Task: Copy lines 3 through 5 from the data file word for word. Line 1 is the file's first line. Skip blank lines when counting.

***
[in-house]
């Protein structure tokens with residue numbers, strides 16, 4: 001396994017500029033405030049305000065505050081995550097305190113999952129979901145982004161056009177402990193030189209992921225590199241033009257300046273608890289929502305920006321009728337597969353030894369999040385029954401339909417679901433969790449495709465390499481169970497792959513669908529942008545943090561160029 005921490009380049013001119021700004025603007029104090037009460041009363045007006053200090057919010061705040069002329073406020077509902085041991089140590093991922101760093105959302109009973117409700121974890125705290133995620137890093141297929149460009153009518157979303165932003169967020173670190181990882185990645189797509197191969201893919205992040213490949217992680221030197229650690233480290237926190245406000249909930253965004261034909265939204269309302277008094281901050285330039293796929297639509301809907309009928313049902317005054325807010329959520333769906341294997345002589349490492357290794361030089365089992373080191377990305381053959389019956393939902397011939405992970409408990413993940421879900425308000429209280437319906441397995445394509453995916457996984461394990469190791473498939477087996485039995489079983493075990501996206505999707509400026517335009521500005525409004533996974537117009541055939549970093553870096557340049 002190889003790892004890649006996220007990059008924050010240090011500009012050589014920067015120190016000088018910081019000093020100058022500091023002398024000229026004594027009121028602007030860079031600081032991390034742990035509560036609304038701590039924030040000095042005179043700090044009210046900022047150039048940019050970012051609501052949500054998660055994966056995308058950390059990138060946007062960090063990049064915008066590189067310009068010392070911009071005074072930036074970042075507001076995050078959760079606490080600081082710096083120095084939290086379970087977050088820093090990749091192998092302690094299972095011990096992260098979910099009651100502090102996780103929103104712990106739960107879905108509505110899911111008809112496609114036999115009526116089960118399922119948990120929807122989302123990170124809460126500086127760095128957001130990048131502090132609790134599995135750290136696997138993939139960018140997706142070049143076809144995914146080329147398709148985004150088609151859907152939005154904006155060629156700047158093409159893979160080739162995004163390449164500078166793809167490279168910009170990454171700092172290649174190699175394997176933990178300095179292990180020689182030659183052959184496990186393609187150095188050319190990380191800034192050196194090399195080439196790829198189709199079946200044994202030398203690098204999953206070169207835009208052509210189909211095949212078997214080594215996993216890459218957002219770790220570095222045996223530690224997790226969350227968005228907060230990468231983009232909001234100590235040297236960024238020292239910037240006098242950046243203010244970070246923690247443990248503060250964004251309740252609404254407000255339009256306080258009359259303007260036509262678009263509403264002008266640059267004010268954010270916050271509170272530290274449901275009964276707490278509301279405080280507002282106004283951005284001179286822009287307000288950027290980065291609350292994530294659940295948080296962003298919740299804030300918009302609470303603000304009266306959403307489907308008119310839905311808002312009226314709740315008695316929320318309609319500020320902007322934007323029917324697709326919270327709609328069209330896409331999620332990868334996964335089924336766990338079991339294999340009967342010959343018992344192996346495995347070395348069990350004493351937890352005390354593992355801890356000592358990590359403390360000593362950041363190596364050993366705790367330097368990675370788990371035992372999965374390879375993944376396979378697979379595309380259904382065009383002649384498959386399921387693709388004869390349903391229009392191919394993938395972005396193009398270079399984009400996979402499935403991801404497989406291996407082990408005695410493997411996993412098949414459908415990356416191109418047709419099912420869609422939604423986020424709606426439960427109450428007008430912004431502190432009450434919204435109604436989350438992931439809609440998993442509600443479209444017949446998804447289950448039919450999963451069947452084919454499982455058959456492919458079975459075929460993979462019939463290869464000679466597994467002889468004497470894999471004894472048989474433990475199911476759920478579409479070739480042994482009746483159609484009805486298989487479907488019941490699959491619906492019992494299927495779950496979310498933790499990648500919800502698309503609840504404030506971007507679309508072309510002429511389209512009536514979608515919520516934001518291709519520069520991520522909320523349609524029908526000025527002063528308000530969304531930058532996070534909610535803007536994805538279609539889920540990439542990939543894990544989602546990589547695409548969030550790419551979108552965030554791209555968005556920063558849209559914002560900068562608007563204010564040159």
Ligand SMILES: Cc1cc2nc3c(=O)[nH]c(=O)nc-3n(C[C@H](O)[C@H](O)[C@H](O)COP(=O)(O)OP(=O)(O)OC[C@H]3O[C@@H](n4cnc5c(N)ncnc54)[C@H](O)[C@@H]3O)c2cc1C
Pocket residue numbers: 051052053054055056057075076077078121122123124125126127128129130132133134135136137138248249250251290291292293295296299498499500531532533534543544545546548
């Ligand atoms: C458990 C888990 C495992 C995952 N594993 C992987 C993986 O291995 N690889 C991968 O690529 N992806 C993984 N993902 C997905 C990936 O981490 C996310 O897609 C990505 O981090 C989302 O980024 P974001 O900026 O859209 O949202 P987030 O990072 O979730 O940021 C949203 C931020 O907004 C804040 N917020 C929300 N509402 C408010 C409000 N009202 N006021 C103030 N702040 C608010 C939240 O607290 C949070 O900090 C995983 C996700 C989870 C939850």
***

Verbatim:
Ligand SMILES: Cc1cc2nc3c(=O)[nH]c(=O)nc-3n(C[C@H](O)[C@H](O)[C@H](O)COP(=O)(O)OP(=O)(O)OC[C@H]3O[C@@H](n4cnc5c(N)ncnc54)[C@H](O)[C@@H]3O)c2cc1C
Pocket residue numbers: 051052053054055056057075076077078121122123124125126127128129130132133134135136137138248249250251290291292293295296299498499500531532533534543544545546548
């Ligand atoms: C458990 C888990 C495992 C995952 N594993 C992987 C993986 O291995 N690889 C991968 O690529 N992806 C993984 N993902 C997905 C990936 O981490 C996310 O897609 C990505 O981090 C989302 O980024 P974001 O900026 O859209 O949202 P987030 O990072 O979730 O940021 C949203 C931020 O907004 C804040 N917020 C929300 N509402 C408010 C409000 N009202 N006021 C103030 N702040 C608010 C939240 O607290 C949070 O900090 C995983 C996700 C989870 C939850």